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Send gun control money to GOCRA!

Send Brady money to GOCRA!How cool is this?

After the Aurora theater shooting, the gun banners at the Brady Center sued online ammo seller Lucky Gunner, because the murder had ordered some ammo from them. The Brady gun grabbers hoped to sue online ammo purchasing right out of existence.

It didn’t work: the store beat the lawsuit, and now the Brady Center has to pay all of their legal fees! (Here’s a news story about it.)

But here’s the best part: Lucky Gunner is donating all of the $111,000 settlement to gun rights groups. They’ll divide up the money based on how many votes they get.

Please click this link and vote for GOCRA!

Just a couple of clicks can support our work in fighting for your rights. Please take a few seconds and do it now.

         

P.S. Please click this link and vote for GOCRA now! It’s free, and it sends gun controller’s money to Minnesota to fight for your rights!

P.P.S. Want to help even more? Join, renew, or upgrade your membership today!

Suppressors in Minnesota – Questions and Answers

Suppressor Q&AOn Friday, May 22, Minnesota Governor Mark Dayton signed Senate File 878 into law. Among many other provisions, the law legalizes the ownership of firearm sound suppressors, sometimes called “silencers,” by ordinary Minnesotans.

What has changed?

Prior to SF878, most Minnesotans were prohibited from possessing suppressors within the state. Effective July 1, the state ban will be lifted. Minnesotans will still need to meet all federal requirements.

When does the law take effect?

The prohibition on possessing suppressors is repealed as of July 1, 2015.

Will I be allowed to hunt with my suppressor?

Yes. SF878 repealed the prohibition on hunting with a suppressor, effective August 1, 2015. PLEASE NOTE THAT THIS IS ONE MONTH LATER THAN THE OWNERSHIP EFFECTIVE DATE!

Is there a limit to how many suppressors I can own?

You have to stop when you run out of money — that’s it!

How do I get a suppressor?

There is a long and convoluted process required to comply with federal law: amazingly, suppressors are in the same class of “weapons” as machine guns! You can get a suppressor as an individual, or you can form a trust, and make the trust the owner of the suppressor, with you (and others) as trustees. (If you have a corporation, the corporation can also be the owner of the suppressor. Consult your attorney.)

Should I use an NFA trust?

A trust is a separate legal entity, like a corporation.  Choosing to form a trust allows you to skip the photo, fingerprint, and chief law enforcement officer sign-off requirements that individuals must meet before getting a suppressor. This can be useful if you live in a municipality where law enforcement officials refuse to sign NFA paperwork for purely political reasons.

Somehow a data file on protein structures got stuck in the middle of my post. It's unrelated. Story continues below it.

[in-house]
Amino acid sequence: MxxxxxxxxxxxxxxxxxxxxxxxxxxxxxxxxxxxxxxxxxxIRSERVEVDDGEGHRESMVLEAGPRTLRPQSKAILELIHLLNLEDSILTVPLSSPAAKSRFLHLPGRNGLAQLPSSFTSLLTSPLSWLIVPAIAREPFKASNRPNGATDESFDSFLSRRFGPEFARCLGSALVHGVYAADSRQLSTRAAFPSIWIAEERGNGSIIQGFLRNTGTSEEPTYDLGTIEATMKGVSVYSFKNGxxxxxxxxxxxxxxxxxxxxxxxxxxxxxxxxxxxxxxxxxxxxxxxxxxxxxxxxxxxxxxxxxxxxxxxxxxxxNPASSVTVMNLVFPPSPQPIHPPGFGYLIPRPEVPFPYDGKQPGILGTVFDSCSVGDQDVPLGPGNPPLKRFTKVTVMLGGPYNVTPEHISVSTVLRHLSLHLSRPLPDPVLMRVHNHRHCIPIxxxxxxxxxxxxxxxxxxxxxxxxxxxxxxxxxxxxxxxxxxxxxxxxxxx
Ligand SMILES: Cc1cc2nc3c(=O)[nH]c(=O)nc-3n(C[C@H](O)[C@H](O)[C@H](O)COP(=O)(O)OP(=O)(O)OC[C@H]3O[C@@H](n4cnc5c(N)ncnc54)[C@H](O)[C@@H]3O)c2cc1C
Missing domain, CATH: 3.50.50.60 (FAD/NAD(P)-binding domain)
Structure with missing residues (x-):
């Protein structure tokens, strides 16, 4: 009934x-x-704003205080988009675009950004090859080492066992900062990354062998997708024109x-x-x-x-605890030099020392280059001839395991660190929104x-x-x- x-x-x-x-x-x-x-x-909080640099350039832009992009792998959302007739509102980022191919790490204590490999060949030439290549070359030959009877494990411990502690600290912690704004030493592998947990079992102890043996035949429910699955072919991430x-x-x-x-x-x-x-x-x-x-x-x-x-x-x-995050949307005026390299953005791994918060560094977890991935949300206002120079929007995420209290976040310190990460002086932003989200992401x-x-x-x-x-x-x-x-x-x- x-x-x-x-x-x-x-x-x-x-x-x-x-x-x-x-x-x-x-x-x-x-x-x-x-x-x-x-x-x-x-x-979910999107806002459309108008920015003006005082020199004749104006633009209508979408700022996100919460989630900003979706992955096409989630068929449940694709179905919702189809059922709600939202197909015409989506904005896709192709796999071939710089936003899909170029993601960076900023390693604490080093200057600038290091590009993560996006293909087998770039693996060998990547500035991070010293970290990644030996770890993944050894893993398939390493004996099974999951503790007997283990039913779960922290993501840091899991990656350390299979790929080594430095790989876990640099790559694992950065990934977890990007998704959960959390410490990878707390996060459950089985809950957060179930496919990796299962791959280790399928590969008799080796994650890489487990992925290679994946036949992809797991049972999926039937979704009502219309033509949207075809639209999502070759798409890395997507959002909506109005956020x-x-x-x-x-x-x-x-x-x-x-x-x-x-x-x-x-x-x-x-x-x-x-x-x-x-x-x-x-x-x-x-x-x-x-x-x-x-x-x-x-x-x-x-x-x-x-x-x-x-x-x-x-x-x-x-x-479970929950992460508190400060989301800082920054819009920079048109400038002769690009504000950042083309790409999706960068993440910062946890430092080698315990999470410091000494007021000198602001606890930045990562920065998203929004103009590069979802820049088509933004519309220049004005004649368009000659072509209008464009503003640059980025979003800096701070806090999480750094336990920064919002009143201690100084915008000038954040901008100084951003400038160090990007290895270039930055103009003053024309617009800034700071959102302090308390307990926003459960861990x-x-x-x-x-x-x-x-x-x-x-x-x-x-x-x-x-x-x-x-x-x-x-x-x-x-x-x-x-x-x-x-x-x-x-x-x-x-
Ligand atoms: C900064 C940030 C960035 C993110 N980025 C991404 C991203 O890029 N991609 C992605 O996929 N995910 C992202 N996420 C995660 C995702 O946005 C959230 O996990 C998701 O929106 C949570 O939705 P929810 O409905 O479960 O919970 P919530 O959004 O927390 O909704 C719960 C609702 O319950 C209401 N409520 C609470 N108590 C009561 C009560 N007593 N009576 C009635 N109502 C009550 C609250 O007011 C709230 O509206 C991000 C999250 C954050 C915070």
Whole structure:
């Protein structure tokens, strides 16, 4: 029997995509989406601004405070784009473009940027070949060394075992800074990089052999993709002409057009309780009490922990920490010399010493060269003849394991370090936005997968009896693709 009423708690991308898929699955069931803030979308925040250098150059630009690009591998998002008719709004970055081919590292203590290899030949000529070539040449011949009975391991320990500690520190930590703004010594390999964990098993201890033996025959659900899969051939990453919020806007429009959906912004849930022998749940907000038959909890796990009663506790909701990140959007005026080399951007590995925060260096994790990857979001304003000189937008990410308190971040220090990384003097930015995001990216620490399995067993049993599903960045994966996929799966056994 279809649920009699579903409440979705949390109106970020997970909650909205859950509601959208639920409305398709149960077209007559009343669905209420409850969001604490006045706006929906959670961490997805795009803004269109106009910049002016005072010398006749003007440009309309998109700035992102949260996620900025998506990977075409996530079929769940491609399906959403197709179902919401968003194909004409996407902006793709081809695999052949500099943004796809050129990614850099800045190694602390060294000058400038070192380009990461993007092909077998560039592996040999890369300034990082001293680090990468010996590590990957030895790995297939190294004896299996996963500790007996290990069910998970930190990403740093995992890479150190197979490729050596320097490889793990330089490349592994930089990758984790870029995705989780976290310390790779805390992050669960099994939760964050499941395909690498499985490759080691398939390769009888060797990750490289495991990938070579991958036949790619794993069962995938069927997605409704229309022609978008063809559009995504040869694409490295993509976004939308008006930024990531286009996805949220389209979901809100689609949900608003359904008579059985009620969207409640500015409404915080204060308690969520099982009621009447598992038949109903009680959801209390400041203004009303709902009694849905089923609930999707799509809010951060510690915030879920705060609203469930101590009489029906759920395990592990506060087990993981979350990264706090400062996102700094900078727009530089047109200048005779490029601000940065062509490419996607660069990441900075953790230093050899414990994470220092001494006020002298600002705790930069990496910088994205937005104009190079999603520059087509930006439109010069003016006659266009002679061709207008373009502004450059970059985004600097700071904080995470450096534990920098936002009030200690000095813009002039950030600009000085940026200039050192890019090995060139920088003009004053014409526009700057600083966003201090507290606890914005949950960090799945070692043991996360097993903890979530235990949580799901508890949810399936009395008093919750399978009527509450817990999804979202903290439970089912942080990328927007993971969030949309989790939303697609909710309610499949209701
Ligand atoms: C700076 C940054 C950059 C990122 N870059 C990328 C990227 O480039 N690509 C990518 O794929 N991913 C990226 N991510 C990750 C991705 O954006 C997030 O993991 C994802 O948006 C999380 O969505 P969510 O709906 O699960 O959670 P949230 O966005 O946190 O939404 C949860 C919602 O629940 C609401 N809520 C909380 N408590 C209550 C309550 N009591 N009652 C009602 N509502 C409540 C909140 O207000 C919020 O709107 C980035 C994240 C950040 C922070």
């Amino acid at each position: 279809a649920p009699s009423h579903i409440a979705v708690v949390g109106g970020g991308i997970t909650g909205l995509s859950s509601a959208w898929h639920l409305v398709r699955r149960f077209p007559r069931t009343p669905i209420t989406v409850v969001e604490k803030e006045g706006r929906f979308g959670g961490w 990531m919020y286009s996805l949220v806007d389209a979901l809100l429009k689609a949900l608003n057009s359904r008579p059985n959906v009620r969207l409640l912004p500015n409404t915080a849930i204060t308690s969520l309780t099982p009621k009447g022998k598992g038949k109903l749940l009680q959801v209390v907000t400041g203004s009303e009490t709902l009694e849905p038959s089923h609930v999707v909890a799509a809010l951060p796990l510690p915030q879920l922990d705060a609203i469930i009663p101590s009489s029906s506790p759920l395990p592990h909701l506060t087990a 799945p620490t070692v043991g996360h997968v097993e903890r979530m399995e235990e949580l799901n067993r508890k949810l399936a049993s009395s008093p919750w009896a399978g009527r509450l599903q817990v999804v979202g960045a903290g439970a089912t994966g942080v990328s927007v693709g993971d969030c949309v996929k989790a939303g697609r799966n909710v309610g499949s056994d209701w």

Getting a suppressor as an individual:

This is only an overview! There are a lot more details than we can describe in a blog post. Your suppressor dealer is the best resource to guide you through the process.
  1. Go to a suppressor dealer and place your order .This may require a deposit, a down payment, or even a complete payment. .
  2. Wait for the suppressor dealer to get the actual suppressor serial number .Unless your dealer has the suppressor you want in stock, the dealer has to go through her own federal paperwork process, and you can’t apply for your tax stamp until the actual suppressor you will own is set aside for you. This may take a month, or two, or three. .
  3. Pick up your paperwork from the dealer .The dealer will give you two copies of an ATF Form 4 with the make, model and serial number of the suppressor already filled in. .
  4. Fill out two copies of your Form 4 .This is your application for a federal tax stamp required to own a suppressor, which is regulated under the 1934 National Firearms Act. .
  5. Get two passport-style photos .You can do this at many drugstores and copy centers. .
  6. Get fingerprinted .Yes, you need to submit fingerprints to the federal government in order to be trusted with a hollow tube. Sorry. .
  7. Get a Chief Law Enforcement Officer (CLEO) signature .A local chief law enforcement officer (your local police chief, sheriff, or county attorney, usually) must sign your Form 4 application, indicating that they are not aware of any legal impediment to your ownership of a suppressor, and that the fingerprints and photos are actually yours. .
  8. Send the application, fingerprints, photos, and a $200 tax payment to the ATF .There, a small group of firearms examiners, running a backlog of several months, will eventually get to your application. .
  9. Wait and wait and wait! .Processing is currently taking about four or five months, according to multiple sites that track submissions. This changes all the time, and there may be a surge of applications from Minnesota… :) .